13. 13. Marketing Efficiency genuin. The monitoring authority are also responsible for this Shepherds Index of marketing efficiency for Delicious and grim situation faced by apple growers.American varieties are same i.e. 2.16 while this figure is low for It is observed that about 65 per cent of the farmers are inBahari varieties (1.44) as shown in table 9. The figures clearly lack of adequate farm machinery and equipments like powerindicate that the market is relatively efficient in case of Deli- tiller, power sprayer, pumps, scissors etc. Most of the farmerscious and American varieties as compared to Bahari varieties. in the study area are marginal and small orchardists which areIt is seen from table that the net margin made by retailers and not financially sound. It is suggested by the farmers that thewholesalers in case of Bahari varieties is about double than government should make available these equipments on sub-other two varieties. Being early varieties, these come early sidised rates. The financial institutions should also provide(July-August) in the market. Due to limited supply of these loans to growers at low rate of interest in order to purchasevarieties without no other option with consumers, the price of these equipments.these varieties goes high in the market. This is the main rea- Constraints in Marketingson for high share of retailers and wholesalers in the price Lack of regulated market and co-operative marketingpaid by consumers for Bahari varieties. societies were responded positively by 96 per cent of the These figures of costs and returns suggest the scope for farmers. Due to non-regulatory system of marketing, growersimproving the system both in the favour of growers as well as are at the mercy of middle men. Various malpractices such asconsumers. This is possible by strengthening and streamlin- deduction of more charges, payment by instalments, quotinging the arrangements for enforcement/and inspections to en- of lower prices than actual, deduction of undue charges etc.sure a regulated system of open auctions, trading practices are generally followed by these middle men. Moreover, theand margins of intermediaries. Moreover, co-operative mar- farmers consent is not being taken before selling the produce.keting and the direct sale from producers to consumers may The market infrastructure for the fruit crop is poor in termsimprove the producers share in consumer rupee. of cold storage, transportation facility and undependableConstraints roads. It is imperative to mention here that the failure of state The Problems faced by the apple growers in production, government in creating the cold storage facility have addedmarketing and financing are depicted in Table-10. to the crisis. Due to uncertainty of Srinagar-Jammu road, the farmers rush their crop to terminal markets, thinking the clo-Constraints in Production sure of road. This increase the supplies against a meagre de- The table reveals that majority of the farmers (95 per cent) mand which results finally in less prices. Moreover, the farm-faced the problem of irrigation water due to drought which ers are also exploited by the transporters due to non-availabil-directly reduced the apple production as well as quality of ity of sufficient trucks at the time of peak season.produce. The lack of extension services was responded The high state tax for export of apple is further adding topositively by 90 per cent of the farmers. There is technological the expenses of grower as 77 per cent of growers respondedgap because of this reason as the extension wing of to this query positively. The state tax was recently increasedDepartment of Horticulture is not making proper and sincere to Rs. 6.80 per box during current financial year 1999-2000efforts to disseminate the technical know-how from research which was Rs. 4.80 per box earlier.stations to the farmers. There is also non-availability of Constraints in Financingimproved cultivars as 63 per cent of the farmers responded tothis problem positively. Most of the apple growers in the state are marginal and small orchardists. The rising cost of imputs for maintenance The lack of resources is generally faced by small category of orchards have made the cultivation of the crop away fromfarmers, with the result, these farmers are not able to invest for their reach. They have no capacity to invest in better produc-better production technology. There is need for creation of tion technology. There access to financial institutions hasco-operative societies which can cater the needs of the farm- been beset with innumerable problems.ers. The shortage of labour is another problem as 57 per cent More than 70 per cent of the farmers have not respondedof farmers perceived it. This problem becomes more acute at to problems related with financial aspect as the loan facilitythe harvesting stage of apple when it gets synchronized with provided by banks and other government agencies are notthe paddy harvesting. Consequently, the farmers have to pay found popular among the farming community. High financialhigher wages in order to complete the work in time. cost and untimely availability of loan due to lengthy proce- At present scenario, the farmers facing with problem of dure are playing important role for this situation. Moreover,diseases and pests like apple scab, sanjose scale, red mite etc. there is lack of finance at reasonable rate of interest as well aswhich are menace to apple industry. As per the study inadequate credit as a scale of finance. The scale of finance inconducted, the common opinion among the farmers is that the Kashmir valley has not been revised for the last 7 to 8 yearsfungicides and insecticides available in the market are not due to non-existence of Technical Committees. About 23 pereffective and liable to rectify the problem. So, it is common cent of the sample growers have responded these problemsconception that the pesticides prevailing in the market are not positively.July—September, 2002 7/C:/ws1/My Documents/560M&I-1 560 M & I/2002 Mss. 2 to 109 Page No. 1 to 53 REVISED & Pagination H. N. Mishra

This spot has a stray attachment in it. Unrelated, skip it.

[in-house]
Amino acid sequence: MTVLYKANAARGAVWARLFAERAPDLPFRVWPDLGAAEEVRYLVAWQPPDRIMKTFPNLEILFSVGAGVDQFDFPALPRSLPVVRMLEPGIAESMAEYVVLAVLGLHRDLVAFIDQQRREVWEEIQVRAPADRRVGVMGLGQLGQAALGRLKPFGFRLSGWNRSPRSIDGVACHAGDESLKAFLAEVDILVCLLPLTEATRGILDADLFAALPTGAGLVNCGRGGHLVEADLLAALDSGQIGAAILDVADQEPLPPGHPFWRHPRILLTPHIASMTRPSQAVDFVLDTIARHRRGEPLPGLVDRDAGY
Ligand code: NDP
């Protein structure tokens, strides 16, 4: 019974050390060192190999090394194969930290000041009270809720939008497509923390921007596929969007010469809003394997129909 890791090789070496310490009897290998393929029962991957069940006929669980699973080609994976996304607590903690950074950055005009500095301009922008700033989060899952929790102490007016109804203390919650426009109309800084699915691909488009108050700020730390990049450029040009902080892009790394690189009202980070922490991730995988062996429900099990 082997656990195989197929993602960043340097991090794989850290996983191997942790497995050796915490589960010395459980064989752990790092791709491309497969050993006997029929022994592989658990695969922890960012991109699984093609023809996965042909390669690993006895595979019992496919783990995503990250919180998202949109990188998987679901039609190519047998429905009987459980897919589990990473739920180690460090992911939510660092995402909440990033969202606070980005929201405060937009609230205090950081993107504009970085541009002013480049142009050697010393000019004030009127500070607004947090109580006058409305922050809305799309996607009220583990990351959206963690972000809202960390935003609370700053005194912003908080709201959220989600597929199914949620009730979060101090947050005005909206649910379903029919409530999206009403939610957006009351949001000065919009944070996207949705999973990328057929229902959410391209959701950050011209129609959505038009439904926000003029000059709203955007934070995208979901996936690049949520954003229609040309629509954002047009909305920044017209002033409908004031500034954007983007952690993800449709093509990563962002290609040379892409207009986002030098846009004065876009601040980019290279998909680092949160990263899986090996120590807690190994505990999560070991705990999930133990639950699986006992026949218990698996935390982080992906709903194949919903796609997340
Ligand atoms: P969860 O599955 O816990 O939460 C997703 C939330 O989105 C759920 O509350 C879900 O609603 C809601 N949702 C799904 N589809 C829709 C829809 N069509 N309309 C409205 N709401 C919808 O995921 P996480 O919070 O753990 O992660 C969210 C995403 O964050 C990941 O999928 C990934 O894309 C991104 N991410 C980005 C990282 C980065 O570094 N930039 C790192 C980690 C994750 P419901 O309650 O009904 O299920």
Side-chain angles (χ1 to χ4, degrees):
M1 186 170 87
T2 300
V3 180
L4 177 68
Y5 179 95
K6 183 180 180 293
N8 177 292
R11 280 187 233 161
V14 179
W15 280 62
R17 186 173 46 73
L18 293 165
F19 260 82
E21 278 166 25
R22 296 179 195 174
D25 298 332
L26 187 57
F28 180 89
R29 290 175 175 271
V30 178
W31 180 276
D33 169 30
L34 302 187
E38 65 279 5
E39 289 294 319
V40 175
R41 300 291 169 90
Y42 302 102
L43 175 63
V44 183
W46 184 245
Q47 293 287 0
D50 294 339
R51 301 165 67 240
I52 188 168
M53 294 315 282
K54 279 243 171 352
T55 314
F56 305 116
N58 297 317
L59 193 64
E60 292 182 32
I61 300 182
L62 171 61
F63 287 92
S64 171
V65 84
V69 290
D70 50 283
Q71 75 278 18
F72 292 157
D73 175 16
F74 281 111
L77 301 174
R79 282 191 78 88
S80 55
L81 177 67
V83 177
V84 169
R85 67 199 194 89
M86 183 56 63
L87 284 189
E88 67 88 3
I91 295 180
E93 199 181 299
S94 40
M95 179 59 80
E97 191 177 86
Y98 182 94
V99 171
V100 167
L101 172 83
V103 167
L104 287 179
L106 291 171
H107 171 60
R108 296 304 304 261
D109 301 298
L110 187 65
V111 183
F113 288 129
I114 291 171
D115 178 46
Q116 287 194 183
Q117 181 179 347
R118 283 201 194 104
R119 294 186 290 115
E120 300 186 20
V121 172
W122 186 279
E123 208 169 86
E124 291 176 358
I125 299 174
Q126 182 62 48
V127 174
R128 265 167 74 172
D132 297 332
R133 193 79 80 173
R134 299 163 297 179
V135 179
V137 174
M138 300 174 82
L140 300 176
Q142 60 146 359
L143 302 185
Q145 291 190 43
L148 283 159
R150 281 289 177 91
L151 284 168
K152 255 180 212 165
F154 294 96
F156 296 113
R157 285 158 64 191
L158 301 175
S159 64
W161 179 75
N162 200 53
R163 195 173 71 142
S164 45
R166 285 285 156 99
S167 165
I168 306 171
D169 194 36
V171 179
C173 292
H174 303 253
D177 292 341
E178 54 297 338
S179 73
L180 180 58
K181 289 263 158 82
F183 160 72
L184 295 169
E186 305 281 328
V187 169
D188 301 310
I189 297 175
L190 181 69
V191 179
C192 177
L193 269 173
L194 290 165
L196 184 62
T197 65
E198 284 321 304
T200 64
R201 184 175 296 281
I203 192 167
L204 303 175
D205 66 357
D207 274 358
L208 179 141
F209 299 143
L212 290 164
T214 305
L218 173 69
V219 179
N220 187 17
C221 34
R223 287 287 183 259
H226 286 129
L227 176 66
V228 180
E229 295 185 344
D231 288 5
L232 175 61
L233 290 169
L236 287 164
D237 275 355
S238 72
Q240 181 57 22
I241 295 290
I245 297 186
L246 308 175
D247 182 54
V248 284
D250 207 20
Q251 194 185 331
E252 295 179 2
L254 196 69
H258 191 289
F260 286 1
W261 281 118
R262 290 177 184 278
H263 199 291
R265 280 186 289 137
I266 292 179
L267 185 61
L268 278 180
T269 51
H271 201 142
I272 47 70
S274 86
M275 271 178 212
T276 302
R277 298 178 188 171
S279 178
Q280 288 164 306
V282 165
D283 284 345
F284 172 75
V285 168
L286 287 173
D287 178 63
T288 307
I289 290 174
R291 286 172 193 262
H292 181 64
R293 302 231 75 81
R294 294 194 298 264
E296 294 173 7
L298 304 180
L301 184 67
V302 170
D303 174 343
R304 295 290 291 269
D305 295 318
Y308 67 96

14. 14. Conclusion ply and highest & lowest prices of the various vari- The average cultivated area is estimated at 1.77 ha, 3.24 ha eties in different terminal markets.and 8.95 ha at small, medium and large farms respectively of • There is need for the provision of crop insurance inwhich more than 50 percent area is allocated under apple crop. case of natural calamities like drought, hail storm etc.Maximum produce (57.41 percent) sold by sample growers is • Looking to the rising costs of inputs, there is a needin Azadpur Fruit Market, Delhi. The large farmers contributed for the revision of scale of finance, as it had not been64 percent of the total produce sold in different markets. revised from last 7 to 8 years due to non-existence ofDelicious variety constitutes about 66 percent of total produce Technical Committees appointed by NABARD.followed by American (14.60 percent), Bahari (11.93 percent)and Maharaji (7.49 percent). The highest marketing cost of • Costs like packaging and transportation should beRs. 134.16 per box (20 kg) is estimated in case of Calcutta taken into consideration by Technical Committeefollowed by Ahmedabad (Rs. 114.72 per box) market, while it while fixing the scale of finance for least for Sopore Market (Rs. 60.51 per box). The main • The procedure of financing should be made easycomponents responsible for the variation of marketing cost and convenient for the farmers in order to make itacross the markets are transportation cost and commission popular among the apple growers.charges. The over all average per box net share is maximum in REFERENCESAhmedabad market (Rs. 183.07) followed by Calcutta (Rs.154.98), Jammu (Rs. 125.55), Sopore (Rs. 113.79) and Azadpur Data Base Horticulture (1998). Ministry of Agriculture, De-fruit market Delhi (Rs. 112.98). Seven marketing channels are partment of Agriculture and Co-operation, Krishiprevailing in the apple trade. The producers share in consumer Bhavan, New Delhi, 110001.rupee is found to be about 54 percent for Delicious and Digest of statistics, (1997-98). Directorate of Economic andAmerican varieties while this figure is only 33.63 percent in Statistics Planning and Development Department,case of Bahari varieties. The Shepherds Index for marketing Jammu and Kashmir.efficiency is estimated as 2.16 for Delicious and American Mai Chand and Chand, M. C. (1997). Constraint analysis ofvarieties while it is 1.44 in case of Bahari varieties. tribal farmers of Himachal Pradesh in adoption of im- The problems are complex and ranged from agronomic proved apple cultivation. Research and Developmentaspects to pests and disease management, post-harvest Reporter, 14(1-2) : 83-87; 2 ref.handling, marketing and financing. For promotion of the crop, Nagi, V. S., Prasher, R. S. and Tiwari, S. C. (1997). Marketing ofthere is a need for creation and strengthening of such agency Himachal Apples : A spatio-temporal analysis, Agricul-which would address these problems and also train the man- ture Economic Research Review, 10(1) : 88-94.power for handling these constraints coming in the way ofgigantic job and full potential exploitation of this core sector Prasher, R. S. and Negi, Y. S. and Tewari, S. C. (1996). Econom-of the economy of state. ics of apple cultivation: a case study of tribal belt on North-Western Himalayan Region. Bihar Journal ofPolicy Suggestions Agricultural Marketing. 4(1) : 35-43; ref. The policy suggestions which evolved during the study Qadri, J. A. (1976). Some aspects of marketing of apple inare as under : Jammu and Kashmir, Indian Journal of Horticulture. • Extension services need to be streamlined in order to 33(1) : 44-45. disseminate the technical know-how about the crop. Report on Horticulture development in J & K with reference to • The government should take measures to control Kashmir valley, Paper presented to Rajya Sabha, June the spurious fungicides/pesticides prevailing in the 1997. market. Saraswat, S. P. (1995). Marketing of Himachal apple at Delhi. • Local mandies need to be established at tehsil level Agricultural-Marketing. 38(1) : 24-28. in order to make the direct sale by apple growers with minimum expenditure. Shah, G. H. (1999). Present status and future potential of fruit processing industry in J & K state, "Fruit processing in • The market infrastructure in terms of cold storage J & K state" seminar organised by FICI New Delhi and should be created in the state in order to over come J & K SIDCO on 5-6-1999, at Srinagar. the glut in the markets. • The state govt. should revive the fruit growers co- Tripathi, R. S. (1997). Economics of production and marketing operative marketing societies and activate the Horti- of apples in the Garhwal hills of Uttar Pradesh. Annals culture department as well as JKHPMC in order to of Agricultural Research. 18(1) : 5-11; 2 ref. provide better marketing facilities and also to elimi- Wani, M. H.; Mattoo, M. S. and Sofi, A. A. (1995). Resource use nate the role of middlemen. and economic efficiency of various marketing cost com- • There is need for strengthening and streamlining the ponents in apple. Agricultural Marketing. 37(4) : 38-40. arrangements for enforcement and inspection to en- Wani, M. H.; Wani, S. A. and Mir, N. A. (1998). Economic sure a regulated system of open auctions, trading analysis of different age orchards in apple. Agricul- practices and margins of intermediaries. tural Situation in India. 48(9) : 657-660; 6 ref. • The level of market intelligence should be increased with adequate current information on demand, sup-8 Agricultural Marketing/C:/ws1/My Documents/560M&I-1 560 M & I/2002 Mss. 2 to 109 Page No. 1 to 53 REVISED & Pagination H. N. Mishra